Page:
A wife fakes her death to escape the most dangerous man she knows: her husband. But cruel Martin Burney discovers his wife is alive, and stalks her in a small town. A young professor there is courting her, but one night she knows her compulsively neat husband has entered her house to rearrange towels in her bath and canned goods in her kitchen. He's found her. He's out there.
A love story, a mystery, and a small town in World War II. What if you want--and deserve--revenge? Miranda is bright, funny and pretty. She loves two men who want her as much as they hate each other. The war changes all three. Miranda has a happy life, and a secret. She keeps it until no one remembers. No one knows.
The world thinks Randal Eliot writes during his manic phases, but his wife Mary creates his famous books and supports their family. When Randal dies, no one will believe she is the genius. She marries a younger man, Paul, a Randal Eliot scholar. Paul cannot bear to believe Mary is the genius—she will destroy his life work and Randal Eliot’s reputation. He has killed before. He must kill again.
When Catherine Buckingham’s parents die, her young uncle, Thorn Wade, becomes her guardian and raises her as her mother wished, so Catherine becomes an adult who is not like the men—or women—of the world around her: she is a sexual creature we seldom encounter. With innocent joy Catherine explores her amorous feelings for the man who has raised her, while Thorn will not take any male initiative by word, look or action. They keep the memory of that summer like a promise they will someday fulfill. But Thorn must leave to fight in World War II. Catherine is told he is dead, and learns, painfully, how to be like women of the 40’s and 50’s. Yet Thorn is alive, and comes to find a Catherine who is finished, accomplished. How can she face the man who formed her for another life?
Three courageous young people, one a new white slave mistress, two captured black slaves--meet on South Carolina rice plantations during the summer of 1850. Black Joan and her husband Will have been raised free, then captured. Their civilized virtues make Joan valuable as a maid in the Big House, and Will soon becomes the black slave driver. Slavery's subtle poison corrupts the three industrious, warm-hearted young people, slave mistress as well as slaves. They have no choice; they survive, even triumph, just as capable young people trapped in a sick society would survive and triumph today.
In an echo of THE GOLDEN BOWL by Henry James, a rich father and daughter unknowingly marry two lovers. But in the world of this book, the father is a ruthless Iowa businessman who has earned his name of “Bonfire” by burning down his competitor’s warehouses. His beautiful young wife loves the wealthy life he gives her, but she cannot resist her new son-in-law, and he loves her still. Their risk is deadly. Bonfire has the money and the power to stop at nothing, even murder. His daughter is dear to him. When Bonfire and his daughter discover the truth, one of them will forgive, but the other will kill.
Mary Bryant grows up in a dirt-poor Nebraska family, hungry and unwanted. Her only friends are a next-door neighbor and her little half-sister Rhody, but she has to leave them and run away to Chicago to sleep under a hedge and work as a waitress. Gunther Meyer finds her, marries her, and she’s happy in her first real home with their new baby, Maria. But one day her world explodes: she discovers her marriage to Gunther was a sham. He has a rich young woman for a wife. Mary escapes to Florida with Maria, only to find that she is being pursued by Gunther, his friend Manuel, and Gunther’s new wife. They find her at Disney’s Epcot, and Manuel forces Mary to take her baby to Mexico with him, and begs her to marry him. But he keeps her a prisoner, hiding her—why? Soon the world’s reporters are on her track—what has she done?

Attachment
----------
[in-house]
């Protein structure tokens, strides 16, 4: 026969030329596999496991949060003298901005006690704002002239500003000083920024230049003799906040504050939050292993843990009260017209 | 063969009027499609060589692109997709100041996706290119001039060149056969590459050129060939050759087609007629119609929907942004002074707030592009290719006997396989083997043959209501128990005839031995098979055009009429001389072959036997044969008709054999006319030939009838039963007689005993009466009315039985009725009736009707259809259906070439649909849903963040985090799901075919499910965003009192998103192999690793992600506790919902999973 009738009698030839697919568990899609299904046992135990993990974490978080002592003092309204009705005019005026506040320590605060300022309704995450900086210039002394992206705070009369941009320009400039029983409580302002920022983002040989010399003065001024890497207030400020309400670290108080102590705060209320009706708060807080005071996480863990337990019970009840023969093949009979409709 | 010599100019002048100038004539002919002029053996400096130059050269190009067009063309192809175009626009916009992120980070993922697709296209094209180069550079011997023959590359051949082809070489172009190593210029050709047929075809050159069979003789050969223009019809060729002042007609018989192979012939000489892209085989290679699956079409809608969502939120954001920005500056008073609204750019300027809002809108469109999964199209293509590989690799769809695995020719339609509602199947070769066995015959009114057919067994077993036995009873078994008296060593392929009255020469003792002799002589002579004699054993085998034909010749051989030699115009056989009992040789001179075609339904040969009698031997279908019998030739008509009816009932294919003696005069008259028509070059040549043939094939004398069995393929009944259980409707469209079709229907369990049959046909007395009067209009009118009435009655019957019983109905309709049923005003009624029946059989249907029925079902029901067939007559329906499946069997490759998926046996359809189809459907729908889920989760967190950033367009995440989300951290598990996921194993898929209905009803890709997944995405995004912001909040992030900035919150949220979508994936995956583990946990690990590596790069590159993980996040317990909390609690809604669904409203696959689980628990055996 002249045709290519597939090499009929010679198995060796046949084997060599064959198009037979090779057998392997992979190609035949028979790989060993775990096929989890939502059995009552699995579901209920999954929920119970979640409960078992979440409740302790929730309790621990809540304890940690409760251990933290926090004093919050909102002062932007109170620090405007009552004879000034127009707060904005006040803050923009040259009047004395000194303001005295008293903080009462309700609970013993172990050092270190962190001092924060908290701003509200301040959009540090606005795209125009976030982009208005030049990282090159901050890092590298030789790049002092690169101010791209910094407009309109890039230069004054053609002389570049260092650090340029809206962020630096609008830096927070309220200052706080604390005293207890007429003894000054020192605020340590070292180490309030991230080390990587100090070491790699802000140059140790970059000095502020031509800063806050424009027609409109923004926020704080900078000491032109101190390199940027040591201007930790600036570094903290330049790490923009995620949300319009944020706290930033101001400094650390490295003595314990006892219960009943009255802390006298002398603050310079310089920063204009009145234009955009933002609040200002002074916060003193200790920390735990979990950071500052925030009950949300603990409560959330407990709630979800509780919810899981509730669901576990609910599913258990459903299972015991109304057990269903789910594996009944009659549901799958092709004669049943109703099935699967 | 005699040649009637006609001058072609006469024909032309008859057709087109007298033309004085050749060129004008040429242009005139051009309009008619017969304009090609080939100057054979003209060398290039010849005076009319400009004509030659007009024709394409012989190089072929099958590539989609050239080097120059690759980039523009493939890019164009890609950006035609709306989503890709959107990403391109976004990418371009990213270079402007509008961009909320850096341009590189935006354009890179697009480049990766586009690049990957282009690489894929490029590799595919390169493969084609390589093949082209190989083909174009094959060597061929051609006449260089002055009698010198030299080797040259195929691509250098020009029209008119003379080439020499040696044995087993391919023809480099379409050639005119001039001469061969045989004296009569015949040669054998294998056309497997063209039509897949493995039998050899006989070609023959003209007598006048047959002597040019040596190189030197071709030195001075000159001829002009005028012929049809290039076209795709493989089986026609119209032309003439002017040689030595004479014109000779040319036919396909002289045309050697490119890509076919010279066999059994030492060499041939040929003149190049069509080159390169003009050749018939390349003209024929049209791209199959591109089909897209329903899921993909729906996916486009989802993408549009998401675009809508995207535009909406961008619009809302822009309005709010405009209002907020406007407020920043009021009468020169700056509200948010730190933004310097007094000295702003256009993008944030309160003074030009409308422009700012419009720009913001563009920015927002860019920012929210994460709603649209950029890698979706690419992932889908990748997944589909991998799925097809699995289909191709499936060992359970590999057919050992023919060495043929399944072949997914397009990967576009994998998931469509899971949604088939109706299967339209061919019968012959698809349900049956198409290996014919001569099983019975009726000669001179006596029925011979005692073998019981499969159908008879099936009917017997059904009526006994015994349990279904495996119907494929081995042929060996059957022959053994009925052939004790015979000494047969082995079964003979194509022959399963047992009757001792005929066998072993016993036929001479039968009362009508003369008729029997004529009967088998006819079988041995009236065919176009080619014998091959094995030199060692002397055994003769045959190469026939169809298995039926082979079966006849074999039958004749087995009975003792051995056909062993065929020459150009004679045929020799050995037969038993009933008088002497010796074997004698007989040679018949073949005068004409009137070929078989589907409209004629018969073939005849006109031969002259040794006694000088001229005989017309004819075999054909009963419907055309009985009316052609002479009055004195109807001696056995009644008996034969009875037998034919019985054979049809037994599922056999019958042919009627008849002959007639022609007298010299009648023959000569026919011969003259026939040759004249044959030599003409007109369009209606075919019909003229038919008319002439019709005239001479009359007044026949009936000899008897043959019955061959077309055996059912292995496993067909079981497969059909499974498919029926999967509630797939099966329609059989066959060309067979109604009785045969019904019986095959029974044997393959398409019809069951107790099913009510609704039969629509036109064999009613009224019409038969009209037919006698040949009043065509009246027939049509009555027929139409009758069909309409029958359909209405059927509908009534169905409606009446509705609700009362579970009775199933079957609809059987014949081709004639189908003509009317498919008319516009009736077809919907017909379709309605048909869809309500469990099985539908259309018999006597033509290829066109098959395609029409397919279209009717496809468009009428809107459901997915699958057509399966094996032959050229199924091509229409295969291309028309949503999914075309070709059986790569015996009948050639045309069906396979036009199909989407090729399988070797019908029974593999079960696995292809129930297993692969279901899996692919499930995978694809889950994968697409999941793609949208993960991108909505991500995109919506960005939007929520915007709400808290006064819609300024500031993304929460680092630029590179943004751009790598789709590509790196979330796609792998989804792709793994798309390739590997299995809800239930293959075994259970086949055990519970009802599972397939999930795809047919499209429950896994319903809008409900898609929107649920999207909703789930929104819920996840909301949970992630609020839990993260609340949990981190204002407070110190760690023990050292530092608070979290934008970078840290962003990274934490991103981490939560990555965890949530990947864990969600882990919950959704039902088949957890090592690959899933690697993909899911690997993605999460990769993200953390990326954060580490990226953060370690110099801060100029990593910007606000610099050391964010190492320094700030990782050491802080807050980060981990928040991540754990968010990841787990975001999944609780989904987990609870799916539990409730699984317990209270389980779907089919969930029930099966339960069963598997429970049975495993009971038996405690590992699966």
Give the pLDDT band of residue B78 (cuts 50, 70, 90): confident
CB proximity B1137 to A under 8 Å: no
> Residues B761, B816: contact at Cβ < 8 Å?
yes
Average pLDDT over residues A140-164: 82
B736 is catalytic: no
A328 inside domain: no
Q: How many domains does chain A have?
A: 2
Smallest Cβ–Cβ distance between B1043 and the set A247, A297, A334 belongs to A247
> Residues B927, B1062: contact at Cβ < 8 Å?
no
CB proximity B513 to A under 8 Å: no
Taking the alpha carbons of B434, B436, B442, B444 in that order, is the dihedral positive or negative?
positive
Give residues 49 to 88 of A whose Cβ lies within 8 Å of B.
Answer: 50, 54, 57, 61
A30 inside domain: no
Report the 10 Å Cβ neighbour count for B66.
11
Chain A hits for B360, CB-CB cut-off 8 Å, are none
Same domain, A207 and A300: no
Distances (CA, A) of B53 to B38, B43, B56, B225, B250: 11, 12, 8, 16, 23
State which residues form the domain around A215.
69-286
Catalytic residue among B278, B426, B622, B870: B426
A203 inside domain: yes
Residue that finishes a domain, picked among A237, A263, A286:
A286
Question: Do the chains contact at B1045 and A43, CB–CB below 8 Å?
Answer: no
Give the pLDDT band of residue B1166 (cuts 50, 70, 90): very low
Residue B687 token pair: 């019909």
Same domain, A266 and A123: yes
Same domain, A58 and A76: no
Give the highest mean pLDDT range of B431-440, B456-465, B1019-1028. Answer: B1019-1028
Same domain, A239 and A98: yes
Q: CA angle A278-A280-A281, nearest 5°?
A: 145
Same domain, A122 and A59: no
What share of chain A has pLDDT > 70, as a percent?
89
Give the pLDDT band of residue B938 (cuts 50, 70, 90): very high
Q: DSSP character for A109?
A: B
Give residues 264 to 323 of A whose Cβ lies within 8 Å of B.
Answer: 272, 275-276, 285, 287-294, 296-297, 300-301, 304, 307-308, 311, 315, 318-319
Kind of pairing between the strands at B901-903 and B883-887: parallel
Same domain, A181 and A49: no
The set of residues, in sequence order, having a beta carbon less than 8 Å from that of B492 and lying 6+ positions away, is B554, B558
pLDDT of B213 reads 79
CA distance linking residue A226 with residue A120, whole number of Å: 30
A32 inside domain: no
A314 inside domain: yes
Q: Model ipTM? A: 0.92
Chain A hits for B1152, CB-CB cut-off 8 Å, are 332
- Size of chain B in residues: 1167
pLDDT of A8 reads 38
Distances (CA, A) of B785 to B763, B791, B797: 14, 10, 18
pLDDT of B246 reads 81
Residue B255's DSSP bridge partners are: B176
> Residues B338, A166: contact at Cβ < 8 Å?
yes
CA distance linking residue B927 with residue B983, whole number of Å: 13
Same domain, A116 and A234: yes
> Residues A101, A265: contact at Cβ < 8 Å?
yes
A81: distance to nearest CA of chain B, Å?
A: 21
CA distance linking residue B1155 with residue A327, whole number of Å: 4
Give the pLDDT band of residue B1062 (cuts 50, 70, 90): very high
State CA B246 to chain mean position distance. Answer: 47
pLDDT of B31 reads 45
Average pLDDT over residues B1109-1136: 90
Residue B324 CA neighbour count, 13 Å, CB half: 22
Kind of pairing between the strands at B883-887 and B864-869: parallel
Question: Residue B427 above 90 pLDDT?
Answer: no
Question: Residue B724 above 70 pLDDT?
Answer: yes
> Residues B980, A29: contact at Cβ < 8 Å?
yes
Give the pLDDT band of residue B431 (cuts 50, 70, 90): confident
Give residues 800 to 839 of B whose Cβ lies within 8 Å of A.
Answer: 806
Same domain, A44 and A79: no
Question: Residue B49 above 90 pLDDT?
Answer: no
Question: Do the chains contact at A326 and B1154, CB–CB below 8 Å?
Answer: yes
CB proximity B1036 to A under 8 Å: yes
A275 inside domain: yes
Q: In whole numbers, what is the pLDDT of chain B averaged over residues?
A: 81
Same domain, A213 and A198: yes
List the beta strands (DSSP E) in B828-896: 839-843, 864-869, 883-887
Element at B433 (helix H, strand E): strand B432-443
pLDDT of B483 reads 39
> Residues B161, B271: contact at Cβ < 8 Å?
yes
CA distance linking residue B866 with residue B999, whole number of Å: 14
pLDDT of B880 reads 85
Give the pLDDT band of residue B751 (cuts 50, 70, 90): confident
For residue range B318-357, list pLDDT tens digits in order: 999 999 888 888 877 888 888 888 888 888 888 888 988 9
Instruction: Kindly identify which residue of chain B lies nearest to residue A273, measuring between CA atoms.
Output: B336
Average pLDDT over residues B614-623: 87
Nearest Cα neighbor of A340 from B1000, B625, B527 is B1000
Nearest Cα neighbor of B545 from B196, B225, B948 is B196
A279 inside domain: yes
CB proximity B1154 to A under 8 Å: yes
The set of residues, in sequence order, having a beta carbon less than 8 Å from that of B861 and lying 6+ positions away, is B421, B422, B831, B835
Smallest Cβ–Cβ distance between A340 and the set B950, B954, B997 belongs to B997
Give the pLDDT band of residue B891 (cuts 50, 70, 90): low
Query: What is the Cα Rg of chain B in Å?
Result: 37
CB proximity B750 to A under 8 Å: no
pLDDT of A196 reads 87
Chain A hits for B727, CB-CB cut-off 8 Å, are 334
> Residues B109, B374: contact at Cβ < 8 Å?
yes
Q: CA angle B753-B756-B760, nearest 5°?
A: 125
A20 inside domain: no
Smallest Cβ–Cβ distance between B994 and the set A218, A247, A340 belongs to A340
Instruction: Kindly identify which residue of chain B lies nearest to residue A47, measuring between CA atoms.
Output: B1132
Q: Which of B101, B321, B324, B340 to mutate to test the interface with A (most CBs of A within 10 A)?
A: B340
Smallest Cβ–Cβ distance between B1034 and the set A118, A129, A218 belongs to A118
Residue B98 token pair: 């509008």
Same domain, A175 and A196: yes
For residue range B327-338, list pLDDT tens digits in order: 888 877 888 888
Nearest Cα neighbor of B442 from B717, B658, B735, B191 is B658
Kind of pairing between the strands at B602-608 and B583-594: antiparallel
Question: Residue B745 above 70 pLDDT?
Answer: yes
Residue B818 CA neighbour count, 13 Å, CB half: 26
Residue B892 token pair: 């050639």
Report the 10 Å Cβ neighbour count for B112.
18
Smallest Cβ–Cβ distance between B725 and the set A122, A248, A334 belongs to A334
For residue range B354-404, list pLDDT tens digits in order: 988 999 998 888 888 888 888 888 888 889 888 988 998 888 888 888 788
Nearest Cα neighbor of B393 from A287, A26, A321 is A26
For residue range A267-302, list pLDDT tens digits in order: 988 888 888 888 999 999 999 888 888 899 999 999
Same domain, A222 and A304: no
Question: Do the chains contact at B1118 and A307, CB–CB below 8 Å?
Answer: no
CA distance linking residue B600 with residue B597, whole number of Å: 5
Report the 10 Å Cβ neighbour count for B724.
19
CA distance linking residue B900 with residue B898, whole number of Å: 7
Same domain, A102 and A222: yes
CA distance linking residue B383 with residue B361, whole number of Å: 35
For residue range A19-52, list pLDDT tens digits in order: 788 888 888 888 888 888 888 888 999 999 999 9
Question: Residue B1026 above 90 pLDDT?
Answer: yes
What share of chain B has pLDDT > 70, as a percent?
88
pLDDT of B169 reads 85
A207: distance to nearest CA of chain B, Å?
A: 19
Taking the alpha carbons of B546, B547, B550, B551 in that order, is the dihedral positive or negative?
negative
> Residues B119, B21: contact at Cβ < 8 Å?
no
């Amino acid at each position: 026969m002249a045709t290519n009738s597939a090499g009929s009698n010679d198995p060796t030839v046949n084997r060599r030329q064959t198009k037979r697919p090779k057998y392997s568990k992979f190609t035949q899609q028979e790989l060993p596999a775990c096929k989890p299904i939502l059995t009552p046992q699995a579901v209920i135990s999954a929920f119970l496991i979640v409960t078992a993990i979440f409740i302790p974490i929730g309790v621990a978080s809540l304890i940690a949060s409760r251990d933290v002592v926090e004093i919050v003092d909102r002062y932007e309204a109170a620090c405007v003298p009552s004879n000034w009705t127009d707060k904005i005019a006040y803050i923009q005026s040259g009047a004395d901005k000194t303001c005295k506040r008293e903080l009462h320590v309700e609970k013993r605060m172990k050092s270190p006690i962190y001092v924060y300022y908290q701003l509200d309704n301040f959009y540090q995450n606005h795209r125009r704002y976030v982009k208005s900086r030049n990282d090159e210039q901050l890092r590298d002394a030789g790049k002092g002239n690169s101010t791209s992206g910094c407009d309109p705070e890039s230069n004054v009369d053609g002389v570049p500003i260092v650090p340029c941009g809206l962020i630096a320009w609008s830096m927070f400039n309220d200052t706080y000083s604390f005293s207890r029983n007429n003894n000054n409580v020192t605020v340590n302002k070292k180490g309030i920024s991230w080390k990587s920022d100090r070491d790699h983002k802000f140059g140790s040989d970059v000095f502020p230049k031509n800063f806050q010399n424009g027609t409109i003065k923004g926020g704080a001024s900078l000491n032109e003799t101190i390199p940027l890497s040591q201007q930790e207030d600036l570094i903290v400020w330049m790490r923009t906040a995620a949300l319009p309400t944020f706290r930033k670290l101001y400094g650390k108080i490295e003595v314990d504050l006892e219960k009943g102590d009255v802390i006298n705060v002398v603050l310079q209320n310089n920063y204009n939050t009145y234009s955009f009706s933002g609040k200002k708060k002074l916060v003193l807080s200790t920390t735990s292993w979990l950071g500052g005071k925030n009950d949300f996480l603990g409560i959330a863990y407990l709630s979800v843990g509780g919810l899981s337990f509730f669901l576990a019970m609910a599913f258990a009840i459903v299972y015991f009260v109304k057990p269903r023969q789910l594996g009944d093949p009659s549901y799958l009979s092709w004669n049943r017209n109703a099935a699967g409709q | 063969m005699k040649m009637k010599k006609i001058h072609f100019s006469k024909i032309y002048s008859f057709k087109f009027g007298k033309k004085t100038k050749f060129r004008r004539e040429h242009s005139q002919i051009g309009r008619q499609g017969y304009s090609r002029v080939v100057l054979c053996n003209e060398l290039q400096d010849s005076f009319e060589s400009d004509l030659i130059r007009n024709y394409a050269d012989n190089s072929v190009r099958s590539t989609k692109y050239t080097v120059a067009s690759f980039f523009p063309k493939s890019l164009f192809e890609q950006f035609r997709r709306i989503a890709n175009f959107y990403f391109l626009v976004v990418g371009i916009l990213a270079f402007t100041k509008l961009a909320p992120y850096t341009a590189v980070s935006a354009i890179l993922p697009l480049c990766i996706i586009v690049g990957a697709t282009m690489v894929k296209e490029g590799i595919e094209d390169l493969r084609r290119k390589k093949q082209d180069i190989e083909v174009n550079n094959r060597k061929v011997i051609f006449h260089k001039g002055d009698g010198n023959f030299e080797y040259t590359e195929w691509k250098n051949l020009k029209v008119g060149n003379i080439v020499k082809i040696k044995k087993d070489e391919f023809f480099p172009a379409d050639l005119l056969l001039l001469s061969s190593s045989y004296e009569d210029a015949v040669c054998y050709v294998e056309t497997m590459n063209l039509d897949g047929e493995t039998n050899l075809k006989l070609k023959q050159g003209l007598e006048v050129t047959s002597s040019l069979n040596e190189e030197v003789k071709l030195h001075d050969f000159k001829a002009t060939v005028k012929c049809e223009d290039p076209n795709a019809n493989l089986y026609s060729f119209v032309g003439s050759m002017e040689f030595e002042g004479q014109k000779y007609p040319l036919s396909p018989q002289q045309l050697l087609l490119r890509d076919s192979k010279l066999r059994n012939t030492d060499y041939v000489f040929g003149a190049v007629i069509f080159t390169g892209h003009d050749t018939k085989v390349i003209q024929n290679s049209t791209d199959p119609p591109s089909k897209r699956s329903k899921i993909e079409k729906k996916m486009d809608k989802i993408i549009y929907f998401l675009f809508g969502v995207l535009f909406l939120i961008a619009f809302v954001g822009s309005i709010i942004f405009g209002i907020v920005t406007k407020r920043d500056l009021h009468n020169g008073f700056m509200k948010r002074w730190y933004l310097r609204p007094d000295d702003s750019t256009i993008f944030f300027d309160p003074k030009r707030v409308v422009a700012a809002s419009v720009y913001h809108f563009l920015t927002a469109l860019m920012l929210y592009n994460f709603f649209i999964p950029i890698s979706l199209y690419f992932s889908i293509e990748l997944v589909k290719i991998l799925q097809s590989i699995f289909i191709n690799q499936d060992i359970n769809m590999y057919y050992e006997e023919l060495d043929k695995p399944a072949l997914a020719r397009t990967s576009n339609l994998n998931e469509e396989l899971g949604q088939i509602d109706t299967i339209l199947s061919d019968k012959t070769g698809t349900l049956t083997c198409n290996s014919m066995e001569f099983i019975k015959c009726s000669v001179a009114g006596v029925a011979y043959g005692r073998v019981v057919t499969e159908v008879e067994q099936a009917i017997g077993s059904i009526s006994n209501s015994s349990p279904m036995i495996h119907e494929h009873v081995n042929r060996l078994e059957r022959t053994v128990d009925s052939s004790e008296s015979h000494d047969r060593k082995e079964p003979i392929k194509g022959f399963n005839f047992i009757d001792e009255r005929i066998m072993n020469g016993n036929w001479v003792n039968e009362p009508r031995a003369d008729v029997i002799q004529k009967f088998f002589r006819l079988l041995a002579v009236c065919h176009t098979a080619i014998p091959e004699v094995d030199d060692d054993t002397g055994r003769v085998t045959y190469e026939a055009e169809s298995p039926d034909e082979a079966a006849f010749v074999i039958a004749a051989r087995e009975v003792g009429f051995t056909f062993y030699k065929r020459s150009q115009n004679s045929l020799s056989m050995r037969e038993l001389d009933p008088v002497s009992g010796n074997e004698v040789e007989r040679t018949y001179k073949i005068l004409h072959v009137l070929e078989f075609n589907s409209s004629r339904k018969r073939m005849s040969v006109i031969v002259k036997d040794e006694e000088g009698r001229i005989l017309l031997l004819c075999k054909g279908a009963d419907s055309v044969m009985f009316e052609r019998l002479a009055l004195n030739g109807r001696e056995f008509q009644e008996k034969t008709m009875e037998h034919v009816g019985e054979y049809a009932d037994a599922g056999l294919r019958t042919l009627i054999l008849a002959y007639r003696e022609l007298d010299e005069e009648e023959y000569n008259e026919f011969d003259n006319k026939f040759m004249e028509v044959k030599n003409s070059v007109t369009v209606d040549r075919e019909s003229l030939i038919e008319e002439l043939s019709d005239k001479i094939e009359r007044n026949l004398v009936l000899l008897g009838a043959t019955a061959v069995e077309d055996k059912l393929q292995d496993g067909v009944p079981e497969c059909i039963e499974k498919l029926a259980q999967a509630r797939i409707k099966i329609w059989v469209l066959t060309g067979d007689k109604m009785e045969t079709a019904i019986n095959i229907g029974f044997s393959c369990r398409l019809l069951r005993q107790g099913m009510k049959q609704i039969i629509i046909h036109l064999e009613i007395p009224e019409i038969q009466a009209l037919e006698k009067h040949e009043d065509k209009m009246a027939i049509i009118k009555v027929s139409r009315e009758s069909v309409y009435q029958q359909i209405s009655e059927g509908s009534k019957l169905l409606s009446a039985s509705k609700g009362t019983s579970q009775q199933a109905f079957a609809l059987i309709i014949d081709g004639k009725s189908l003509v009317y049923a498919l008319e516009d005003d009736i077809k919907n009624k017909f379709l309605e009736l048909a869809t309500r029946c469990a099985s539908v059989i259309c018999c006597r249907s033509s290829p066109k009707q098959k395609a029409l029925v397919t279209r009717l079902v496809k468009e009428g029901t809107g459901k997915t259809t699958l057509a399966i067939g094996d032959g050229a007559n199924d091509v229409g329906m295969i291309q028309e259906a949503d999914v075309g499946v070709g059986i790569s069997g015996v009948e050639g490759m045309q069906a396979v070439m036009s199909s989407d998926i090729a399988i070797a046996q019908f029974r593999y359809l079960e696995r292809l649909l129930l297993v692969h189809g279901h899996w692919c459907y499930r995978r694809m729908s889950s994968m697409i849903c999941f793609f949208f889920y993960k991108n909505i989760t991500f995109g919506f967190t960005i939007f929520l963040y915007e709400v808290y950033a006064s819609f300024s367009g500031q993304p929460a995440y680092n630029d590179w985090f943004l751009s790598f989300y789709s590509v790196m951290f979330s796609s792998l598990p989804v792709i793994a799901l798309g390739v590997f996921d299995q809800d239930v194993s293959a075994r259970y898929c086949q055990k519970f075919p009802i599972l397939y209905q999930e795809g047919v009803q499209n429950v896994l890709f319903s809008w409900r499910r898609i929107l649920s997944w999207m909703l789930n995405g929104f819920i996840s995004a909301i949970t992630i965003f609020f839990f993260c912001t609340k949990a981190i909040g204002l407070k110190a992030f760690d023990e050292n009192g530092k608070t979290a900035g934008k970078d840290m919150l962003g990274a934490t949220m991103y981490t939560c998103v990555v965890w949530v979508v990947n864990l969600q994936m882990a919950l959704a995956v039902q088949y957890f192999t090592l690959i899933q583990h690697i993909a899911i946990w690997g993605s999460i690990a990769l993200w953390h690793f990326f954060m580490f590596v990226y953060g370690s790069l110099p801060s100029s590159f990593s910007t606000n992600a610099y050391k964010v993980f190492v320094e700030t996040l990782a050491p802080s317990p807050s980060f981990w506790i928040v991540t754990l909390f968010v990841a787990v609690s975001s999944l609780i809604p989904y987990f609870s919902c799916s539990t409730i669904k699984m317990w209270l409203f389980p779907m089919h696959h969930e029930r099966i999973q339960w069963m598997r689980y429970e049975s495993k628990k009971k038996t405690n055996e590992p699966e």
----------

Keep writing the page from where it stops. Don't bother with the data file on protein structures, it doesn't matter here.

Short stories
Publication list of award-winning short stories and a featured selection
Publication list of award-winning poems and several featured poems
A New work of Fiction


From TRIO FOR TWO VOICES AND A MOON, Poetry and illustrations by Nancy Price

The Dowagers d'Oro

Aging Venetian palaces
take sun along the Grand Canal,
old ladies faintly scandalous
in gemmed ogival necklaces.
Too wise to publish their memoirs,
retired from ball and bacchanal,
they bask in Adriatic wealth
of merchants, doges, emperors,
and try to guard their corridors
from Neptune' s old, familiar stealth.
Immortal, mumbling to himself,
all night he tries their crumbling doors.


Bark sags in folds from the crotches down
to where the roots begin, secret1y, deliberately,
to suck water out from under the lawn.
Children know how the knotholes seem to shift
sometimes. (Do gnarled sockets darken
when we walk between it and the young pear?)
Our living room is dark. We wish the tree weren't there.

It's alive with ants; brisk birds creep
upside down on its hide all day, grooming.
Twenty feet up, squirrels, grubs, beetles
hang with thick shade over us, a ceiling,
(tiny breaths, droppings). One dead limb creaks
just over our bench. Wasps dive
sizzling from it. Green leaves fall near us. It's alive.

It never seems to sleep; we hear how it tests
its tether out there, restlessly. All night long
it rubs against the roof. We think it remembers
old years before we were born.
It' s killing the grass.
We talk in bed about chain saws, ropes, danger. We take
care not to be heard: it's awake.

Cornered Eye

By sidewise light in the eye's crook
something shimmered like thin ice.
A flicked lash showed her a forked look
like a precipice.

She nearly saw how it waits in him.
She barely sensed how the danger lies
coiled somewhere on the narrow rim
of his half-met eyes.

Though she is frozen too cold to cry,
too charmed for battle, too fond for flight,
she mounts her guard in a cornered eye
in a sidewise light.

Out of Love: The Break

Cool at last, she has no fever
to make trees waver over
her as if she were a fire; no gardens wilt
into her arms. Once she felt